Many hotels have boring bars, let’s be honest – for interesting bars, check Adrienne Stillman’s just published Where Bartenders Drink, Phaidon (the top bar for over 200 global bar people surveyed is Artesian, in The London Langham). Full marks to Stefan Bollhalder, GM of the luxury Shangri-La Paris hotel, who has turned his bar into the fascinating Le Bar Botaniste, in honour of the fact that Prince Roland Bonaparte, whose private house this once was, was a botanist. Now the bar has a living wall, and displays of plants – see above – and some of the signature cocktails are served with so much greenery and floribunda you might plausibly think you are at a horticultural show.
The cocktails currently overseen by the handlebar-moustached Clément Emery who has worked at such other top Paris hotels as The Lancaster, and Prince de Galles, and, in UK, Turnberry, and Sheraton Park Lane, London He introduced me to one of his 25 gins, a French distillation made by Calvados specialist Christian Drouin – it smells like brandy. There are regular visiting barmen, says Stefan Bollhalder, to excite local patrons, but it seems like the bar, which seats around 45, is full anyway. I was in lovely, soothing suite 507, looking down over the Seine and across to the Eiffel Tower. As the sun began to set I went out on my balcony, with table and chairs all ready for Veuve Clicquot, if I felt like it, but anyway, after my sniffing of various gins it was time to think about another serious business, dinner in the hotel’s L’Abeille restaurant, which has two Michelin stars.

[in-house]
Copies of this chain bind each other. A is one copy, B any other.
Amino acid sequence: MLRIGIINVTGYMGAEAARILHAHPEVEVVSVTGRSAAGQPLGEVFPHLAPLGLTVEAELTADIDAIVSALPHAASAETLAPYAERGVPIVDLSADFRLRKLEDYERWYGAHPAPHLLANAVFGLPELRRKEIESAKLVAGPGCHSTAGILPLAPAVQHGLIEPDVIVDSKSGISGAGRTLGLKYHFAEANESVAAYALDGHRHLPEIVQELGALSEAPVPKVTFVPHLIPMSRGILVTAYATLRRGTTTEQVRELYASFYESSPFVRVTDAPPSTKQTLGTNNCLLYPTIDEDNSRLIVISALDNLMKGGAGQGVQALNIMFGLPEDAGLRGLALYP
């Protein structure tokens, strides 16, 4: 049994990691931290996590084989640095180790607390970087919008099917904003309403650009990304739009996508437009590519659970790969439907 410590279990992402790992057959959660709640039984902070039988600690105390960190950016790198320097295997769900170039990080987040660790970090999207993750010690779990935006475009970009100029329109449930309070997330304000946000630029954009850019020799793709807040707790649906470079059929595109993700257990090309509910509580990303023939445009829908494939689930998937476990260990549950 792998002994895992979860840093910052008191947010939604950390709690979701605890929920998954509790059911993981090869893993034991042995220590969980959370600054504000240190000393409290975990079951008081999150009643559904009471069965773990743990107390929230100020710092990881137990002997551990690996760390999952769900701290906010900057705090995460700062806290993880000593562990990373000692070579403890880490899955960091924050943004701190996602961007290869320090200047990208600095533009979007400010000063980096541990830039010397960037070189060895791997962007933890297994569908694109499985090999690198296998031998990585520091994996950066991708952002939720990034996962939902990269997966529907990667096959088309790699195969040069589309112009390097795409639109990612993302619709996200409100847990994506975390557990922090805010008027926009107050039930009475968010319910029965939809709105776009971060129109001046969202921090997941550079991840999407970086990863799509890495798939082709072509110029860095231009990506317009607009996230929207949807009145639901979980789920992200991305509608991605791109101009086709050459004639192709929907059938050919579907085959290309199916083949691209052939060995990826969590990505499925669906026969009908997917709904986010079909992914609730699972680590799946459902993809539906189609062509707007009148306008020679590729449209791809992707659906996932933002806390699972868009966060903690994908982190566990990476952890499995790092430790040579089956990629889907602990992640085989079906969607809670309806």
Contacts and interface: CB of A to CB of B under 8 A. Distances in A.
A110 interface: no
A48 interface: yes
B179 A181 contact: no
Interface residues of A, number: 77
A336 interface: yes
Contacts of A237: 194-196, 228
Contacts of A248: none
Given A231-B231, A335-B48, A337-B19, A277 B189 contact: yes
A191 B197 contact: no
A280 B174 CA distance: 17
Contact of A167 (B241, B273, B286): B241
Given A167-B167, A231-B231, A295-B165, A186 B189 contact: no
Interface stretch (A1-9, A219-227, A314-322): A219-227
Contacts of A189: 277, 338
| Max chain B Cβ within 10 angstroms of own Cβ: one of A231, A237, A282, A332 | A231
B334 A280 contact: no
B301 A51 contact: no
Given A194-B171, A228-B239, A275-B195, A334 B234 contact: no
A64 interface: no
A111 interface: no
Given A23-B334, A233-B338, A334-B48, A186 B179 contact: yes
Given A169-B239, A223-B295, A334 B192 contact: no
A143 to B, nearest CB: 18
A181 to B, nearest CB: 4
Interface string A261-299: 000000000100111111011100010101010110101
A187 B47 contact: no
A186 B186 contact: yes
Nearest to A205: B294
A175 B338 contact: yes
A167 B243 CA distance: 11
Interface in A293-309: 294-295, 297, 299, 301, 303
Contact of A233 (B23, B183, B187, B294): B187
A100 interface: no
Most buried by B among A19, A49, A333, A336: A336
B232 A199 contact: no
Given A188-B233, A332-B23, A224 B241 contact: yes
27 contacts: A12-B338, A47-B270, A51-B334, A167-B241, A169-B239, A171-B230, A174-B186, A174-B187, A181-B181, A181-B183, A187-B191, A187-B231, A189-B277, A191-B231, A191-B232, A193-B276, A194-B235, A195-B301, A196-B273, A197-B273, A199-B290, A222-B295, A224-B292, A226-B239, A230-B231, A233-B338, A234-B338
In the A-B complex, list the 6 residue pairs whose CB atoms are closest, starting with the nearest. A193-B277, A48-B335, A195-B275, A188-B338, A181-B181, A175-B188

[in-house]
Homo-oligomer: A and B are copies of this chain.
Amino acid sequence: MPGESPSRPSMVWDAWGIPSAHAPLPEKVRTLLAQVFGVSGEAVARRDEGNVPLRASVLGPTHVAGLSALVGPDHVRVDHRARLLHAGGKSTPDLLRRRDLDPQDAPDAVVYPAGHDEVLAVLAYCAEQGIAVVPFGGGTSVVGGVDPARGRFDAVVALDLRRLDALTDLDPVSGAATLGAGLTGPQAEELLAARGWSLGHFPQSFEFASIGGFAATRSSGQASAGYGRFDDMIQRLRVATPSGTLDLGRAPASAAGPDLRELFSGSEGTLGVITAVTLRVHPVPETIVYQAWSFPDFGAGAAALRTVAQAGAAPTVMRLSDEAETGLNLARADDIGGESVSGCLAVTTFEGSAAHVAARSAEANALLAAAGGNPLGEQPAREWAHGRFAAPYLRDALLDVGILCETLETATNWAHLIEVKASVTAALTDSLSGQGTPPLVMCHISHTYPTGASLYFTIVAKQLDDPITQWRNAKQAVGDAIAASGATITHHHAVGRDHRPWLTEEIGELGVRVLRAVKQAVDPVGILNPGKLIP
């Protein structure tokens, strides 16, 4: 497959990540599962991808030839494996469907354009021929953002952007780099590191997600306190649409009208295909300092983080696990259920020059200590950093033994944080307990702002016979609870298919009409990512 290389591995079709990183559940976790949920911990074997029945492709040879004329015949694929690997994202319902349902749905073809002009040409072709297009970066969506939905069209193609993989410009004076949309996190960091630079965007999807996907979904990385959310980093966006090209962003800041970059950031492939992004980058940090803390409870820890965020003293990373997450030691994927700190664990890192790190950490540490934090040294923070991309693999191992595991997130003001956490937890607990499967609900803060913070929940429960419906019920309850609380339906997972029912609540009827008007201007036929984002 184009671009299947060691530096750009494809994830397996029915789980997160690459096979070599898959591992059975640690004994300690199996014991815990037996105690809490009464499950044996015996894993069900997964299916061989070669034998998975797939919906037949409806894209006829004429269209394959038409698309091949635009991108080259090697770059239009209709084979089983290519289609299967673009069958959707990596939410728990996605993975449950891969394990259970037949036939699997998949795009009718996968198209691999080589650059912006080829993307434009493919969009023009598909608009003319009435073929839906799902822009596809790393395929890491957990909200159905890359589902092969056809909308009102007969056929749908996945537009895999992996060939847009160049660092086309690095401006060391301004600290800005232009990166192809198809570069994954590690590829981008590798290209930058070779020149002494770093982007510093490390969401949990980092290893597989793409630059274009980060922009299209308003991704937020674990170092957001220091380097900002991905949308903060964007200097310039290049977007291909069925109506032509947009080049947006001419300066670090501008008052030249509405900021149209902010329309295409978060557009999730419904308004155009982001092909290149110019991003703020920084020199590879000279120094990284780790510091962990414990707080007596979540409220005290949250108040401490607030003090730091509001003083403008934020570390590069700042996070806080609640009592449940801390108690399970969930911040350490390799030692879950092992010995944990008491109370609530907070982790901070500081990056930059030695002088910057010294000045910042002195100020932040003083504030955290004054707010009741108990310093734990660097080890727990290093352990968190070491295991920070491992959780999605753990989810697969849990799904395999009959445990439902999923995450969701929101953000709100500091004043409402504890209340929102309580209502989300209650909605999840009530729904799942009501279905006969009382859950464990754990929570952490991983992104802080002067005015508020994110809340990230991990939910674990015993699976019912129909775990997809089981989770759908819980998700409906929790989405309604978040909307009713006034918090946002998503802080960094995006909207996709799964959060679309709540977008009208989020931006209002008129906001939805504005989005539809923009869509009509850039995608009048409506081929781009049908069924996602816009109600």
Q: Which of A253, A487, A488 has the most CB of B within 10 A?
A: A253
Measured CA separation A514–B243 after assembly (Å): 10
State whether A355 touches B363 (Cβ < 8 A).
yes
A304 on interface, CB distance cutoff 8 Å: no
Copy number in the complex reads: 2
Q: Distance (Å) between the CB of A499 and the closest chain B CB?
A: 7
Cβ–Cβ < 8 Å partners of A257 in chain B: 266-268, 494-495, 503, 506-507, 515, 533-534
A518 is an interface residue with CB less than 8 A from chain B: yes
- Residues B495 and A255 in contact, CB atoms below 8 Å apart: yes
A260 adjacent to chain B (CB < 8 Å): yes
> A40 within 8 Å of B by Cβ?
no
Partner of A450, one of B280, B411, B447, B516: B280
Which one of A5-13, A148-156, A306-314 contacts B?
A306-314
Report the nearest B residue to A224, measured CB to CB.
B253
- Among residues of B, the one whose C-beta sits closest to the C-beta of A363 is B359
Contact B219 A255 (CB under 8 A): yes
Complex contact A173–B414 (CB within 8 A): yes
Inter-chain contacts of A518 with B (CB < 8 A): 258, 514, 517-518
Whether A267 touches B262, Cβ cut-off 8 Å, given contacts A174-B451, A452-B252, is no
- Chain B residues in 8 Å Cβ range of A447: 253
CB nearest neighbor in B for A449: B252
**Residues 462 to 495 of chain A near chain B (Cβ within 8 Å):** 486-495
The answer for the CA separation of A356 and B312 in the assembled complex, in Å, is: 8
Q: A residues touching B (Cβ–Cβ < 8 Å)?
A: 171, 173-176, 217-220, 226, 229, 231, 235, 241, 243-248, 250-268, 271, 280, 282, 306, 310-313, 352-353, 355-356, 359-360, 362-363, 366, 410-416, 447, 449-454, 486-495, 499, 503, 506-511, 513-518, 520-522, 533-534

Chef Christophe Moret, I was told, believes every good dish should be sauced, but he kindly put those sauces on the side. One of his specialties is for two, a whole Bresse chicken from Alexandre Mazui, carved tableside (Bresse chicken was granted AOC, appellation d’origine contrôlée, in 1957 and today chef Georges Blanc, from Bourg-en-Bresse, is president of the Comité Interprofessionnel de la Volaille de Bresse, the association which oversees the product, which can only be produced in an area about 100 by 40 km, in eastern France). I was with Stefan Bollhalder and a friend, and the head of F&B for Wynn Palace, in Macau – gosh those two guys are foodies. I loved the paper-thin celery-studded wafers, and a green snail amuse.
My main course was line pollack with seaweed, and, on the side, sauce marinière with caviar, which went beautifully with a glass of Premier Cru Morey-St-Denis Close Sorbè 2014 Bourgogne. Eventually the cheese trolley was discreetly pulled up, supervised by a young lady who described each cheese with the passion of a jeweller showing off her designs. At that point I left my dining companions to their talk of old times. I wanted to be up in my suite, to see the Eiffel Tower in all its evening glory. It was time for sleep with, all too soon, my alarm going off (Shangri-Las are always so thoughtful and provide proper clocks), to exercise and play sudoku in the Technogym and, as soon as the spa opened, have a blissful Organic Pharmacy facial. Sometimes one can pack a tremendous amount into what is in effect a brief stay in a luxury hotel. Quality not quantity. NOW SEE A VIDEO OF THIS HOTEL, AIMED AT COUPLES.